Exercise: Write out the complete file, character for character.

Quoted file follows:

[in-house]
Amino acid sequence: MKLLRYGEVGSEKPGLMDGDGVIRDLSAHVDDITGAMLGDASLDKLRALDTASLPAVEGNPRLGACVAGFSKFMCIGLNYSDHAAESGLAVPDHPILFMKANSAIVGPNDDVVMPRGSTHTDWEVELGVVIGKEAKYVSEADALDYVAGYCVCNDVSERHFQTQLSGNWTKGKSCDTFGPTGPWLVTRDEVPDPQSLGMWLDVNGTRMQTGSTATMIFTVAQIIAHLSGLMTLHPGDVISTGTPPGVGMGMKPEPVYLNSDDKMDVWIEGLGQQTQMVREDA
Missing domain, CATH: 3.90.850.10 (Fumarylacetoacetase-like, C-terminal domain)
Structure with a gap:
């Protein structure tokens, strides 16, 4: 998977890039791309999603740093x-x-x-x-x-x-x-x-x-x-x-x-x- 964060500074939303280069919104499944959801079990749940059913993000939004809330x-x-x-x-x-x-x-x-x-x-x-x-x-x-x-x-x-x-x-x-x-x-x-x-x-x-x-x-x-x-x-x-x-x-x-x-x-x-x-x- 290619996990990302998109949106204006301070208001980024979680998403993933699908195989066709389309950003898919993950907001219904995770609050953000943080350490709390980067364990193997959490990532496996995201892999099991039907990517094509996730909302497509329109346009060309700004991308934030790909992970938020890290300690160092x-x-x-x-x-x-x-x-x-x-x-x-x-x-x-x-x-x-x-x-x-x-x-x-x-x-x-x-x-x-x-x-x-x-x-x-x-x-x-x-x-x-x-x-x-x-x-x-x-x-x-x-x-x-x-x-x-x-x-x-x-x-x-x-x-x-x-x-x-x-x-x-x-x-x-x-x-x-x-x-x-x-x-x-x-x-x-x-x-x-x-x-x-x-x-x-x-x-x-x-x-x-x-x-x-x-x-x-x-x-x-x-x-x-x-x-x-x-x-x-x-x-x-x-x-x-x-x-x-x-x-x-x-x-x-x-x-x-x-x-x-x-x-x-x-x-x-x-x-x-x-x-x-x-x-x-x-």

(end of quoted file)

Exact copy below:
[in-house]
Amino acid sequence: MKLLRYGEVGSEKPGLMDGDGVIRDLSAHVDDITGAMLGDASLDKLRALDTASLPAVEGNPRLGACVAGFSKFMCIGLNYSDHAAESGLAVPDHPILFMKANSAIVGPNDDVVMPRGSTHTDWEVELGVVIGKEAKYVSEADALDYVAGYCVCNDVSERHFQTQLSGNWTKGKSCDTFGPTGPWLVTRDEVPDPQSLGMWLDVNGTRMQTGSTATMIFTVAQIIAHLSGLMTLHPGDVISTGTPPGVGMGMKPEPVYLNSDDKMDVWIEGLGQQTQMVREDA
Missing domain, CATH: 3.90.850.10 (Fumarylacetoacetase-like, C-terminal domain)
Structure with a gap:
């Protein structure tokens, strides 16, 4: 998977890039791309999603740093x-x-x-x-x-x-x-x-x-x-x-x-x- 964060500074939303280069919104499944959801079990749940059913993000939004809330x-x-x-x-x-x-x-x-x-x-x-x-x-x-x-x-x-x-x-x-x-x-x-x-x-x-x-x-x-x-x-x-x-x-x-x-x-x-x-x- 290619996990990302998109949106204006301070208001980024979680998403993933699908195989066709389309950003898919993950907001219904995770609050953000943080350490709390980067364990193997959490990532496996995201892999099991039907990517094509996730909302497509329109346009060309700004991308934030790909992970938020890290300690160092x-x-x-x-x-x-x-x-x-x-x-x-x-x-x-x-x-x-x-x-x-x-x-x-x-x-x-x-x-x-x-x-x-x-x-x-x-x-x-x-x-x-x-x-x-x-x-x-x-x-x-x-x-x-x-x-x-x-x-x-x-x-x-x-x-x-x-x-x-x-x-x-x-x-x-x-x-x-x-x-x-x-x-x-x-x-x-x-x-x-x-x-x-x-x-x-x-x-x-x-x-x-x-x-x-x-x-x-x-x-x-x-x-x-x-x-x-x-x-x-x-x-x-x-x-x-x-x-x-x-x-x-x-x-x-x-x-x-x-x-x-x-x-x-x-x-x-x-x-x-x-x-x-x-x-x-x-």